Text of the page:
Working Remotely During COVID-19? Be Aware of Zoom Burnout

In these unusual days of Covid-19, I am grateful that there is a technology that allows us to connect, check in and still be productive. However, as a long-time user of this technology, let me raise a few concerns that may be helpful for you to be aware of.

By Garth Williams, CBAC Associate Executive Minister and Director of Leadership Development

Over the last five years, I have worked primarily out of my home office with the occasional commute into our denominational offices for in-person real life meetings. Because of this, most of my meetings have been done online using Zoom, with the occasional FaceTime.

Those who have been used to engaging with people primarily face to face (like our pastors) are now engaging with people in a whole new online context, using apps like Zoom, Skype or Microsoft Teams. In these unusual days of COVID-19, I am grateful that there is a technology that allows us to connect, check in and still be productive. However, as a long-time user of this technology, let me raise a few concerns that may be helpful for you to be aware of.

If you are finding yourself more tired than before, welcome to Zoom burnout. It’s a real thing.

I first discovered that when I was in online meetings there was a temptation to think “This is great! I can get more meetings done in a day because I’m not wasting time driving or walking!”

Although that was true, I learned that those driving or walking breaks allowed my mind to decompress and rejuvenate. Back to back virtual meetings became exhausting because like an overworked hard drive it never stopped spinning.

The second thing I noticed was that I was more exhausted after a 45 minute online interaction than I was in a two-hour face to face session.

I discovered that as my brain was working harder to eliminate the virtual distance a screen makes, I wanted to “normalize” the interaction; and as my brain compensated to do this, it worked harder.

Thirdly, by now you realize that those times in your face to face meetings when you’d catch yourself checking email or shoe shopping were nothing in comparison to the distractions available to you while on Zoom calls.

Although there are a number of concerns about this item, I’ll stick to how it drains our energy. Have lots of apps or browser tabs open while on Zoom? This can actually increase resource usage on your computer and drains the batteries.

You may think that you’re being more productive, but you’re not—the more things open on the screen will deplete our energies much like leaving the radio and lights on in a car that isn’t running. The brain’s battery will drain faster.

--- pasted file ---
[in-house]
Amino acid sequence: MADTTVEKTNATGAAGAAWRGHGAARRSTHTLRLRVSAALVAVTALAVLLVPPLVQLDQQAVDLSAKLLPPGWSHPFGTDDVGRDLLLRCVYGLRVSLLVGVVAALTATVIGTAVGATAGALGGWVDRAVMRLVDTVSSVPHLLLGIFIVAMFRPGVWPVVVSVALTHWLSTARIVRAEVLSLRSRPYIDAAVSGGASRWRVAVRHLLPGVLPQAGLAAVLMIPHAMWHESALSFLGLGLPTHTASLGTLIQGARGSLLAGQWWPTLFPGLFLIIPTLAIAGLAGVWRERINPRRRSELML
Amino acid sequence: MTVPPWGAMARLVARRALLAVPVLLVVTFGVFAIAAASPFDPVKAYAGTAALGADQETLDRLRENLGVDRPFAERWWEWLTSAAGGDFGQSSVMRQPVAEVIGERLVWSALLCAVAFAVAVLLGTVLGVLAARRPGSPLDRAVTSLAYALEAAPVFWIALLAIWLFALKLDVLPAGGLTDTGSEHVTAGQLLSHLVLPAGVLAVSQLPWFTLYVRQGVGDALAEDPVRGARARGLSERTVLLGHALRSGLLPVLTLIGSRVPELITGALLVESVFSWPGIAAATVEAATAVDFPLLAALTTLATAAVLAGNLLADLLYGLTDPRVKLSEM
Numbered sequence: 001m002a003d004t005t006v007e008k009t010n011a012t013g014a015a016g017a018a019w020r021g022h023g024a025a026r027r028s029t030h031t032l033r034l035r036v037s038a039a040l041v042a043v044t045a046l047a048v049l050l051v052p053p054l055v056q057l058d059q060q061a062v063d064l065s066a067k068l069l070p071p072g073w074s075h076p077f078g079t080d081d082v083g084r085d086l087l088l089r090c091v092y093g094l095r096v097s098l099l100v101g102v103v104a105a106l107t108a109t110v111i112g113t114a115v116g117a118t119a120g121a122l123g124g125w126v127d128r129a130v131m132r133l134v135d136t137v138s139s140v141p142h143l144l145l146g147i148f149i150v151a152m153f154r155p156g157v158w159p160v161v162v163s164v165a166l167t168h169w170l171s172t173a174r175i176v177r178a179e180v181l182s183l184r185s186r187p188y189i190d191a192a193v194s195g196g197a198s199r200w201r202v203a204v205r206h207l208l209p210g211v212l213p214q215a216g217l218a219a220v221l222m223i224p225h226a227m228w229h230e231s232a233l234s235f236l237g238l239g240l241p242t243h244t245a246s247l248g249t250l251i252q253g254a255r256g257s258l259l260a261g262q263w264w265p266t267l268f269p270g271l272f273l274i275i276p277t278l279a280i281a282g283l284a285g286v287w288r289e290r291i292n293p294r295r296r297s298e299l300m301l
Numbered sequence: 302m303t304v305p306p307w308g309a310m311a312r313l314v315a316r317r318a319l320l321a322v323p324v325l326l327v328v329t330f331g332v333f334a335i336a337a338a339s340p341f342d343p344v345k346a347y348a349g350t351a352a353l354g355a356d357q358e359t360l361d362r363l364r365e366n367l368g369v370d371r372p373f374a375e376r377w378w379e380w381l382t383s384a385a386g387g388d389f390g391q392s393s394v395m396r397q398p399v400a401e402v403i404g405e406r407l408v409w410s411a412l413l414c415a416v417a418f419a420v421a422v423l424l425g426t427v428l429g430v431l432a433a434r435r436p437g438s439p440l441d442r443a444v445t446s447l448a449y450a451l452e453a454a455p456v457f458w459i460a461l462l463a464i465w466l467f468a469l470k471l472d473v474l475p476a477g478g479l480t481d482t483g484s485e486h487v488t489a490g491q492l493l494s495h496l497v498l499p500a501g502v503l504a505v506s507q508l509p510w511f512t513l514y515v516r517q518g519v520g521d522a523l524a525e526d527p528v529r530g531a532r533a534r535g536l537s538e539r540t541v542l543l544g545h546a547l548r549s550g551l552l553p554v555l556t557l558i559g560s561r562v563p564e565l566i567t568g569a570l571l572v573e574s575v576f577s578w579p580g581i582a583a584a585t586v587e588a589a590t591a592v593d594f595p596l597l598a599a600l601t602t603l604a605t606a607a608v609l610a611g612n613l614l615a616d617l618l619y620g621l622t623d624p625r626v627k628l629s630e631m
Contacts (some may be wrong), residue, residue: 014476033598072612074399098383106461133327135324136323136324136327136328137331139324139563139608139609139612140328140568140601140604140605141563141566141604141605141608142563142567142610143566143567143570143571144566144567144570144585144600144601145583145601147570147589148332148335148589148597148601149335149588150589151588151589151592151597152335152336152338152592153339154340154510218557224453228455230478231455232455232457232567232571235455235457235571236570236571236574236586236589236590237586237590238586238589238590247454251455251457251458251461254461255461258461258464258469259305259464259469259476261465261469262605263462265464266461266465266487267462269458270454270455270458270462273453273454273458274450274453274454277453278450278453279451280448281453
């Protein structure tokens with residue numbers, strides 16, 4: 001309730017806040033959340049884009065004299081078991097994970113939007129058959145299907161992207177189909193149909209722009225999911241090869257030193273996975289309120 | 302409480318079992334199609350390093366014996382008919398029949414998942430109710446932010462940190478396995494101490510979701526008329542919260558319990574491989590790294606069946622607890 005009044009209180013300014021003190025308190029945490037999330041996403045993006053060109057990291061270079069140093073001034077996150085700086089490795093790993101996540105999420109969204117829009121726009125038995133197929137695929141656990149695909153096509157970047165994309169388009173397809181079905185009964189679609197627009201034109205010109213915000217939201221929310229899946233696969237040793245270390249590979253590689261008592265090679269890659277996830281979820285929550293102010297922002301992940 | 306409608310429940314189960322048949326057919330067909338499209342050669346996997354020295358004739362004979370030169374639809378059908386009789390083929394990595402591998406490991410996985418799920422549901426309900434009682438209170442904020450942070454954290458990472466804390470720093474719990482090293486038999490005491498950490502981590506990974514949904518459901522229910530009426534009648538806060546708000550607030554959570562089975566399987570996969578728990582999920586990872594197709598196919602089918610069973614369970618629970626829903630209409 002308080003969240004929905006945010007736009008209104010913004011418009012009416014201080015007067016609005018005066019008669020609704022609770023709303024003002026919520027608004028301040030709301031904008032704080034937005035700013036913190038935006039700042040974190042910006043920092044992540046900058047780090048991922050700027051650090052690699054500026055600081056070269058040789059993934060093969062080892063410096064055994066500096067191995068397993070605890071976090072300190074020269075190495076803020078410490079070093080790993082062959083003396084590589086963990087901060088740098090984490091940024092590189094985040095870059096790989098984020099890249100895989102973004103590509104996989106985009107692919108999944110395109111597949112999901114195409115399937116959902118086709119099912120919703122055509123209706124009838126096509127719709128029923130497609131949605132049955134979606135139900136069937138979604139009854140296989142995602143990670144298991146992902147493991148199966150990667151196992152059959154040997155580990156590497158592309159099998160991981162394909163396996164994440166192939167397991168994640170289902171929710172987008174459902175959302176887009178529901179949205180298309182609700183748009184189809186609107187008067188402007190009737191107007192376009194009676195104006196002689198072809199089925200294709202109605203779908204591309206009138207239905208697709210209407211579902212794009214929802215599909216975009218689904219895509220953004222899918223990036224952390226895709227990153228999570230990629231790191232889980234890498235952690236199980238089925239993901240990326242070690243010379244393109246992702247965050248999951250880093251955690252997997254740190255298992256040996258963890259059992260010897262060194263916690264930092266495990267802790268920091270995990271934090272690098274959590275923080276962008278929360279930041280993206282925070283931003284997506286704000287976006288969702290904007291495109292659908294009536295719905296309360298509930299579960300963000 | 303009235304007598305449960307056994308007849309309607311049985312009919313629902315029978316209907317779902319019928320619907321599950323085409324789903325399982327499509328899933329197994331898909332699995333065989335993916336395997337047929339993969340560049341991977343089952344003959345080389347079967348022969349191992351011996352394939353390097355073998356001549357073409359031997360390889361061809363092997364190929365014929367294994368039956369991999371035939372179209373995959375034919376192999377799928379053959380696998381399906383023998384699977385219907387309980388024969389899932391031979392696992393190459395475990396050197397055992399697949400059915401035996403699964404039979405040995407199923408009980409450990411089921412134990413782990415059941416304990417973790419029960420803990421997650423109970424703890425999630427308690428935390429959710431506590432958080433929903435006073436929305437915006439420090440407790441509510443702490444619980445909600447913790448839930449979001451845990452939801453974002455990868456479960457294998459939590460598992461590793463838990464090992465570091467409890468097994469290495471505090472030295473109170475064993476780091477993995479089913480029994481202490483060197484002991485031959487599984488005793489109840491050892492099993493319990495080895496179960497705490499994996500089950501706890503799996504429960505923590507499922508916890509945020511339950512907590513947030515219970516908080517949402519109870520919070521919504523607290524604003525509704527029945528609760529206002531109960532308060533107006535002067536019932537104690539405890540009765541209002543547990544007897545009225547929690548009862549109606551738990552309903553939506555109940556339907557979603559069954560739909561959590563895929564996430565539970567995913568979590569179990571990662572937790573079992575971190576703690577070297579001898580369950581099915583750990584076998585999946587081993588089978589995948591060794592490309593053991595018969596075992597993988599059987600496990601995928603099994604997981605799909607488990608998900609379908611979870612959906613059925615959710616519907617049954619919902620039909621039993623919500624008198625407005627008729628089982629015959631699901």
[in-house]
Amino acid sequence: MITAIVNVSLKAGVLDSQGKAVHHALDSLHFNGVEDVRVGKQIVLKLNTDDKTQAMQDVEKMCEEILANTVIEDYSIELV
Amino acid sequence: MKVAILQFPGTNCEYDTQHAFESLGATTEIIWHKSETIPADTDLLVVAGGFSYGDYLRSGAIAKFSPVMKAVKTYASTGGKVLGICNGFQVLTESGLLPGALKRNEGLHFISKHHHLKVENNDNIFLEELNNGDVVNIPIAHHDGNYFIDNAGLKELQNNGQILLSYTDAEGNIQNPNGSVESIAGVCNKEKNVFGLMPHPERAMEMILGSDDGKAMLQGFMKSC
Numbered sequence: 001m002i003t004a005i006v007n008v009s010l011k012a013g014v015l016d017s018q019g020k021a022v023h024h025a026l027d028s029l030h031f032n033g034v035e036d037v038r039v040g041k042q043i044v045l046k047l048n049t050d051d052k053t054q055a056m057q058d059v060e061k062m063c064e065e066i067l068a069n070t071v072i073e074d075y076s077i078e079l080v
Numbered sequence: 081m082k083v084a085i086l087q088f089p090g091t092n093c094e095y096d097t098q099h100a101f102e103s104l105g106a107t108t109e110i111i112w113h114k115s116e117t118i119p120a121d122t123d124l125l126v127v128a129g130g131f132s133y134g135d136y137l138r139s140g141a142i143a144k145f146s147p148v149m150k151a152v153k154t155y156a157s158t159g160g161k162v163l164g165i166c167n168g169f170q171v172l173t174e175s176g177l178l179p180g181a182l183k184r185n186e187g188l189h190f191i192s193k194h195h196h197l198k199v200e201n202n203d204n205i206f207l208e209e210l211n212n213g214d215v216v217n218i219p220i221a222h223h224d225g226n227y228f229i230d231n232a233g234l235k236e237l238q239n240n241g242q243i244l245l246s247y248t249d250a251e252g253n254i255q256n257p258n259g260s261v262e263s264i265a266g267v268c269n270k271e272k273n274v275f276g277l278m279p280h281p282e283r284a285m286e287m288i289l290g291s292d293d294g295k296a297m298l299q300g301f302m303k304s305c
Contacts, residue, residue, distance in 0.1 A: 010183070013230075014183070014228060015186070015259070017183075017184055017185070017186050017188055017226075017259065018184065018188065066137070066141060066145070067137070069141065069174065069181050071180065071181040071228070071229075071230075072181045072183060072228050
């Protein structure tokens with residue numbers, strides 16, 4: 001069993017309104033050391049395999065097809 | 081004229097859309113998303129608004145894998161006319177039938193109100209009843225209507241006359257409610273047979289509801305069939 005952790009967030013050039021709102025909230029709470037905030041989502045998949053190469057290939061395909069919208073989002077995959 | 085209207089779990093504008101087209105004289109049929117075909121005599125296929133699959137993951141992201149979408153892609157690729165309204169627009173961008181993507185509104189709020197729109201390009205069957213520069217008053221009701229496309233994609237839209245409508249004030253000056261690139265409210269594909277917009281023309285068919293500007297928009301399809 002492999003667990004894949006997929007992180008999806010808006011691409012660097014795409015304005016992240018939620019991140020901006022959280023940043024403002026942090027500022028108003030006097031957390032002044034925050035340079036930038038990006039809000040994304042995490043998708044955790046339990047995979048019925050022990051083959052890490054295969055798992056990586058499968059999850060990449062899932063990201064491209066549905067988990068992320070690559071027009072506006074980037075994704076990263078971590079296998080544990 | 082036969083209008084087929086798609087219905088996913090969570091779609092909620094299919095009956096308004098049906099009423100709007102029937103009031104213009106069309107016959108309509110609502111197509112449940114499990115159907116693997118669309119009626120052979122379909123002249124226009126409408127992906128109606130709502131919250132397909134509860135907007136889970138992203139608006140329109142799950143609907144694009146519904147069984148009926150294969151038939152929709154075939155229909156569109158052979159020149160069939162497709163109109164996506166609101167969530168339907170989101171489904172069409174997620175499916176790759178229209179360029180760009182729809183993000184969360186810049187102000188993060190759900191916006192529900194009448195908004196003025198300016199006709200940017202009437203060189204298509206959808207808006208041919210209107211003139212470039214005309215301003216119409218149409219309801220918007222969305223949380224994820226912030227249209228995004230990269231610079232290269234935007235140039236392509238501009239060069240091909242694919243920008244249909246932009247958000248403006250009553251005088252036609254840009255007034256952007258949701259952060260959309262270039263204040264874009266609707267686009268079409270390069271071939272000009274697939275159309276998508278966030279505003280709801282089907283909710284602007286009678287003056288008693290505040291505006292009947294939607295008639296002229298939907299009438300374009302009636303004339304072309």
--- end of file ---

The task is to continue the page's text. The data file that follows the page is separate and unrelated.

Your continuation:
In our current context, these learnings are compounded as the “stay at home” mandate has created new expectations.

Congregants have greater relational needs these days and have may more time to reach out to their pastors which creates a new level being on demand. Congregants now have more time to view the offerings of other local churches and are asking “Pastor why can’t we do the same as…”.

At the same time our pastors are directing their energy to the new learning how to use Facebook Live, Youtube and deciding whether they should sit or stand when preaching or teaching.

So now more than ever, we need to think about intentional boundaries. Here are a few of my thoughts:

  • Set a maximum daily time amount to engage in online meetings, seminars or webinars and decline the other invitations.
  • If your meeting or conversation can be done by a phone call, take that option; it’s far less taxing then a video chat.
  • After a Zoom meeting take a 5-15-minute break, walk around your house, make a coffee/tea and find something to help decompress. I keep a fiction novel handy and read a few pages or a chapter. Be careful not to watch the news, check email or Facebook – those are not particularly healthy decompression activities.
  • Limit your distractions while on the meeting. If you are able to limit the number of meeting hours than you can delve into the distractions at a later time.
  • Be gracious to yourself. You are working harder than ever and you are more tired than ever.
  • Be gracious to yourself. Don’t measure yourself against others’ capacity or skillsets or video production. More than ever, it’s important to know who you are and stay true to yourself.

Recommended Reading

https://www.nationalgeographic.com/science/2020/04/coronavirus-zoom-fatigue-is-taxing-the-brain-here-is-why-that-happens/?utm_source=pocket-newtab#close

Zoom Burnout Is Real – Angela Lashbrook

Screen Time and the Brain – Debra Bradley Ruder (Harvard Medical School)

 



The Latest